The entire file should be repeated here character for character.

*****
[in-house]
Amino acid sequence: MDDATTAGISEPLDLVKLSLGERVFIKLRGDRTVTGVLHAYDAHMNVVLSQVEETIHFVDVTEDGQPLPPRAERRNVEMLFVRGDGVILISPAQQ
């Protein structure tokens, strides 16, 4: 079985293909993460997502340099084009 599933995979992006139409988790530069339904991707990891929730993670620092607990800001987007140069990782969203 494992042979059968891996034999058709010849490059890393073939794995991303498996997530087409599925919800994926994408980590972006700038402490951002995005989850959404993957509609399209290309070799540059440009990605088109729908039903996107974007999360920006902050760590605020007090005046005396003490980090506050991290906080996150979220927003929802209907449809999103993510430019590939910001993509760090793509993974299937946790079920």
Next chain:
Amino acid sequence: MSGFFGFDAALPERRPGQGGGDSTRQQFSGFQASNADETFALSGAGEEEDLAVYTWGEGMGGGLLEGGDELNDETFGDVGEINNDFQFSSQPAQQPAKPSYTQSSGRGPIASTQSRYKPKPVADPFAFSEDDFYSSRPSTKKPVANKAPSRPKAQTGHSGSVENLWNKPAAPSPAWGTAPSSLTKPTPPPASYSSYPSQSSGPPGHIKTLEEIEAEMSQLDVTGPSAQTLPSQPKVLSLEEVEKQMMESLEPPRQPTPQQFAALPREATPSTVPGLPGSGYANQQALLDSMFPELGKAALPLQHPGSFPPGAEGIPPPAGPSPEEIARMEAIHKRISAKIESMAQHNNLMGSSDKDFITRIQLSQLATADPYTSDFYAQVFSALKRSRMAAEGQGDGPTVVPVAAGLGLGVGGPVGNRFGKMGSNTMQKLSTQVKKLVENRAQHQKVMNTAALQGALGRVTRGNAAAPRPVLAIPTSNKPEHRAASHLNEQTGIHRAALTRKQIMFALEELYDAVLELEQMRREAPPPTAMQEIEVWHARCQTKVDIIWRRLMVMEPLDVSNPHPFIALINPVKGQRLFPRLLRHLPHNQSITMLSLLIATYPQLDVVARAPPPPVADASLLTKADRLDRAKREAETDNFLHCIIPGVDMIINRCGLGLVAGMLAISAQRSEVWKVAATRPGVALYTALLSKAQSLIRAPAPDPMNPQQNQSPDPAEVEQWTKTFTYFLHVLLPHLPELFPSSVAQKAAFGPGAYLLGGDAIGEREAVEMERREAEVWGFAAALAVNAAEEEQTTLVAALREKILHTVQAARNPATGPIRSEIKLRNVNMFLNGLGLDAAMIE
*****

[in-house]
Amino acid sequence: MDDATTAGISEPLDLVKLSLGERVFIKLRGDRTVTGVLHAYDAHMNVVLSQVEETIHFVDVTEDGQPLPPRAERRNVEMLFVRGDGVILISPAQQ
């Protein structure tokens, strides 16, 4: 079985293909993460997502340099084009 599933995979992006139409988790530069339904991707990891929730993670620092607990800001987007140069990782969203 494992042979059968891996034999058709010849490059890393073939794995991303498996997530087409599925919800994926994408980590972006700038402490951002995005989850959404993957509609399209290309070799540059440009990605088109729908039903996107974007999360920006902050760590605020007090005046005396003490980090506050991290906080996150979220927003929802209907449809999103993510430019590939910001993509760090793509993974299937946790079920």
Next chain:
Amino acid sequence: MSGFFGFDAALPERRPGQGGGDSTRQQFSGFQASNADETFALSGAGEEEDLAVYTWGEGMGGGLLEGGDELNDETFGDVGEINNDFQFSSQPAQQPAKPSYTQSSGRGPIASTQSRYKPKPVADPFAFSEDDFYSSRPSTKKPVANKAPSRPKAQTGHSGSVENLWNKPAAPSPAWGTAPSSLTKPTPPPASYSSYPSQSSGPPGHIKTLEEIEAEMSQLDVTGPSAQTLPSQPKVLSLEEVEKQMMESLEPPRQPTPQQFAALPREATPSTVPGLPGSGYANQQALLDSMFPELGKAALPLQHPGSFPPGAEGIPPPAGPSPEEIARMEAIHKRISAKIESMAQHNNLMGSSDKDFITRIQLSQLATADPYTSDFYAQVFSALKRSRMAAEGQGDGPTVVPVAAGLGLGVGGPVGNRFGKMGSNTMQKLSTQVKKLVENRAQHQKVMNTAALQGALGRVTRGNAAAPRPVLAIPTSNKPEHRAASHLNEQTGIHRAALTRKQIMFALEELYDAVLELEQMRREAPPPTAMQEIEVWHARCQTKVDIIWRRLMVMEPLDVSNPHPFIALINPVKGQRLFPRLLRHLPHNQSITMLSLLIATYPQLDVVARAPPPPVADASLLTKADRLDRAKREAETDNFLHCIIPGVDMIINRCGLGLVAGMLAISAQRSEVWKVAATRPGVALYTALLSKAQSLIRAPAPDPMNPQQNQSPDPAEVEQWTKTFTYFLHVLLPHLPELFPSSVAQKAAFGPGAYLLGGDAIGEREAVEMERREAEVWGFAAALAVNAAEEEQTTLVAALREKILHTVQAARNPATGPIRSEIKLRNVNMFLNGLGLDAAMIE